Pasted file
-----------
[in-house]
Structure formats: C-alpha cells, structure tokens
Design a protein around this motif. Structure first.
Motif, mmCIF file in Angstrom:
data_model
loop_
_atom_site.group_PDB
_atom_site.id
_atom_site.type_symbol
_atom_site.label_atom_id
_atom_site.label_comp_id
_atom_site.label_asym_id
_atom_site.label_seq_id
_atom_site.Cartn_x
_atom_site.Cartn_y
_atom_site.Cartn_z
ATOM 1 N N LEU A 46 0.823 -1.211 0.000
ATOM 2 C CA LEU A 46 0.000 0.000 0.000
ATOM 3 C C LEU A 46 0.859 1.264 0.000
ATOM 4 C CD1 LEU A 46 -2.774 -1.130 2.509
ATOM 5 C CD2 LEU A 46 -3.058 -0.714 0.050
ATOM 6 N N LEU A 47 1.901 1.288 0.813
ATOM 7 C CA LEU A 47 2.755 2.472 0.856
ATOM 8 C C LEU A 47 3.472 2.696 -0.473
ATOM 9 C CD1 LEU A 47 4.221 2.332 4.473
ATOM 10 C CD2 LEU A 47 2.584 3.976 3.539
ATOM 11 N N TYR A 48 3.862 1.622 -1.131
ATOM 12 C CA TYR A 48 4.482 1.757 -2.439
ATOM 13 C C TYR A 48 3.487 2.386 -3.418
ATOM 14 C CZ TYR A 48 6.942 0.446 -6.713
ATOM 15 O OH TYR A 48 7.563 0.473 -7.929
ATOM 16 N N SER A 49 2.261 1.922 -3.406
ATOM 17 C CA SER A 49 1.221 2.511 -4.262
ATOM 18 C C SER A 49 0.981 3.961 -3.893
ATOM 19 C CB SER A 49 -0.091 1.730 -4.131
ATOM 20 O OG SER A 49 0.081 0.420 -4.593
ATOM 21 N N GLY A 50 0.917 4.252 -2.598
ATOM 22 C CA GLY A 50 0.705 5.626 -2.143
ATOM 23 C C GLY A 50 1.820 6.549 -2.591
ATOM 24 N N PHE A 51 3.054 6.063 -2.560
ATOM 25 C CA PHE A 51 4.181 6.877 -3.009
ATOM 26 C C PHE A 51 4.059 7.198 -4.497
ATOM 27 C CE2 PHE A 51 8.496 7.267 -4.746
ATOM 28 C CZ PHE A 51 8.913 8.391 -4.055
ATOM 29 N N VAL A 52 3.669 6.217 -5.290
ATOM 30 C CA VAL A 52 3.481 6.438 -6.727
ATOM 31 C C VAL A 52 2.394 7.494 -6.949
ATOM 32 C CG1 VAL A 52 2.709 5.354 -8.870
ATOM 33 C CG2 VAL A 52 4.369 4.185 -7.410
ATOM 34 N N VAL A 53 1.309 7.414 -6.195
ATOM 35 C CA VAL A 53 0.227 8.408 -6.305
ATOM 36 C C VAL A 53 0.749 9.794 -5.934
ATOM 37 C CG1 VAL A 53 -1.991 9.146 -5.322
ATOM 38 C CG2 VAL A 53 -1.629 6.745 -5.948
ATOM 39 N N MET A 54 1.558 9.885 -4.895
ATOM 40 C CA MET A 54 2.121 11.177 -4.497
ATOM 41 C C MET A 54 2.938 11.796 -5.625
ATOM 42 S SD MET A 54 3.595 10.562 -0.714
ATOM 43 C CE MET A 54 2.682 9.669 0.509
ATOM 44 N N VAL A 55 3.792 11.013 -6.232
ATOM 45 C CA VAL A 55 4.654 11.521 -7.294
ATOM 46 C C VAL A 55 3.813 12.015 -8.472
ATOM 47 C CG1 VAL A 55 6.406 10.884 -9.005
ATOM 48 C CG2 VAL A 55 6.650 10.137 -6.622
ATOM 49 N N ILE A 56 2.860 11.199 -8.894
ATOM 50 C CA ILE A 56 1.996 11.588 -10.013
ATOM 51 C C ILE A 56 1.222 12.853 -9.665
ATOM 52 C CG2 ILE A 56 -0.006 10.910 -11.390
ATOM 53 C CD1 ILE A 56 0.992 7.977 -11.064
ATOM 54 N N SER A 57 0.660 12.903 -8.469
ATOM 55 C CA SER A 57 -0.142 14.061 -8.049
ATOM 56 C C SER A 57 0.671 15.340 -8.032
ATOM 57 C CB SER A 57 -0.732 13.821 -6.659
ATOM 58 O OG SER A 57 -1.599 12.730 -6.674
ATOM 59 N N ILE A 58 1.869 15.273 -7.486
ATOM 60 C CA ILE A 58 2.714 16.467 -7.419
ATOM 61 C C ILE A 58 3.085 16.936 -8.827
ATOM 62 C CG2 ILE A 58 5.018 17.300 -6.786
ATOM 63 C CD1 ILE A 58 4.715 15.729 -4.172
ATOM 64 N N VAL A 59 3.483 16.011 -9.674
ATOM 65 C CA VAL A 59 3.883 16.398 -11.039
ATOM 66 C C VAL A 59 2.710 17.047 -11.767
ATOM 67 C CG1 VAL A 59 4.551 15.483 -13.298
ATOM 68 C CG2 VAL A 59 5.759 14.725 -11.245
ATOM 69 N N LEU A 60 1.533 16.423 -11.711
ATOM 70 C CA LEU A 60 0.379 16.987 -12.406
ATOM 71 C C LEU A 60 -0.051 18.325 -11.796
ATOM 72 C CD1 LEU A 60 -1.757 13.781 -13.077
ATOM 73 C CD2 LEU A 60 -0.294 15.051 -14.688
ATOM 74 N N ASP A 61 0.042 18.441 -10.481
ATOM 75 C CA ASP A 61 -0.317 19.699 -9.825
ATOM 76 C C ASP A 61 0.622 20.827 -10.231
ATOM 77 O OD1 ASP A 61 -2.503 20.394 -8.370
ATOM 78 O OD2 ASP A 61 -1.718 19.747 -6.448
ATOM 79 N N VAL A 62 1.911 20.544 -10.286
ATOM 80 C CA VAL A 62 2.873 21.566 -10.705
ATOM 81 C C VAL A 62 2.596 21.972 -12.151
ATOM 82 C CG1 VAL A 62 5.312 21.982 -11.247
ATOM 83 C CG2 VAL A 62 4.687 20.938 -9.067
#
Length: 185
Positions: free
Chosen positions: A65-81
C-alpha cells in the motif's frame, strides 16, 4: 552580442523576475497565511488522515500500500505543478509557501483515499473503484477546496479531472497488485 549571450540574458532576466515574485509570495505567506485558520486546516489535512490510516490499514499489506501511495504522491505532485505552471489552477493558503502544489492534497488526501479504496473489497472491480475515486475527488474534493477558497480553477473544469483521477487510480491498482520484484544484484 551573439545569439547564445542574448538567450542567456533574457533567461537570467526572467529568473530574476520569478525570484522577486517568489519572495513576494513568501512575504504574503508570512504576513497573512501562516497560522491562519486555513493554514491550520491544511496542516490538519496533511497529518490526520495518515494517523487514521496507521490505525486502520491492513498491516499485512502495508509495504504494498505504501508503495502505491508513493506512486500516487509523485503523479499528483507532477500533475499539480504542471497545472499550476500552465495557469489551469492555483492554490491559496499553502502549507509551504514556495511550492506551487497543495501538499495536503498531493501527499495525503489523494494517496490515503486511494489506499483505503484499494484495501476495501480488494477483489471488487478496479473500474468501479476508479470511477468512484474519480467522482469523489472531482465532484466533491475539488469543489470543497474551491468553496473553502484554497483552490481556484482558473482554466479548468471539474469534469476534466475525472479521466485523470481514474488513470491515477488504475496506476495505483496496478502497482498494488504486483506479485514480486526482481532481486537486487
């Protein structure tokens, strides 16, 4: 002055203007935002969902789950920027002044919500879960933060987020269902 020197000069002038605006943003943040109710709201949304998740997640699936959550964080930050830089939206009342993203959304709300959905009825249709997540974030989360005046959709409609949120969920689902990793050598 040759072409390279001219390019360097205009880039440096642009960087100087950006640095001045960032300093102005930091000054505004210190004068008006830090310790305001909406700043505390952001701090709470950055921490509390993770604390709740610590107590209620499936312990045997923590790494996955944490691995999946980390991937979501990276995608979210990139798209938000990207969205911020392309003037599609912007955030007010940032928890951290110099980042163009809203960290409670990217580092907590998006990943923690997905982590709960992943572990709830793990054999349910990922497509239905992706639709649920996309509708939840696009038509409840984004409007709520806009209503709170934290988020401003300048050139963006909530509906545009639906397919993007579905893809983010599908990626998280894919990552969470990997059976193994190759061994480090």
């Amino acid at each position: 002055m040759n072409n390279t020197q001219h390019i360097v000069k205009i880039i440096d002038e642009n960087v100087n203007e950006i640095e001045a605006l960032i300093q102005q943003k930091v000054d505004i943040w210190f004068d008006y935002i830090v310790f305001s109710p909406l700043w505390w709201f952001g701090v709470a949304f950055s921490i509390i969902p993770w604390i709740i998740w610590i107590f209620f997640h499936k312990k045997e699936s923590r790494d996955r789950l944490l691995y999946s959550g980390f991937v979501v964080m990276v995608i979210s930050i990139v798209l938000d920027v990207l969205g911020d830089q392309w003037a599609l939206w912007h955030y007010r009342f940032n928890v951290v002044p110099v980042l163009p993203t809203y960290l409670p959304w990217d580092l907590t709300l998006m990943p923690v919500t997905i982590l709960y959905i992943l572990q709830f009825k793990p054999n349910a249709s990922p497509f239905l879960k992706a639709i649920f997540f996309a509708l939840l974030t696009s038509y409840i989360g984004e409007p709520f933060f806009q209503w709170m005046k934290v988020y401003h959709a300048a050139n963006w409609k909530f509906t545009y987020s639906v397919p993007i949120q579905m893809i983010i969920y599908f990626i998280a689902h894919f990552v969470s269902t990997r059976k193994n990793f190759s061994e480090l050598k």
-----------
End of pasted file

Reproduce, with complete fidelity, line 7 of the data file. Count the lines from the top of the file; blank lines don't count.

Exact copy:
_atom_site.group_PDB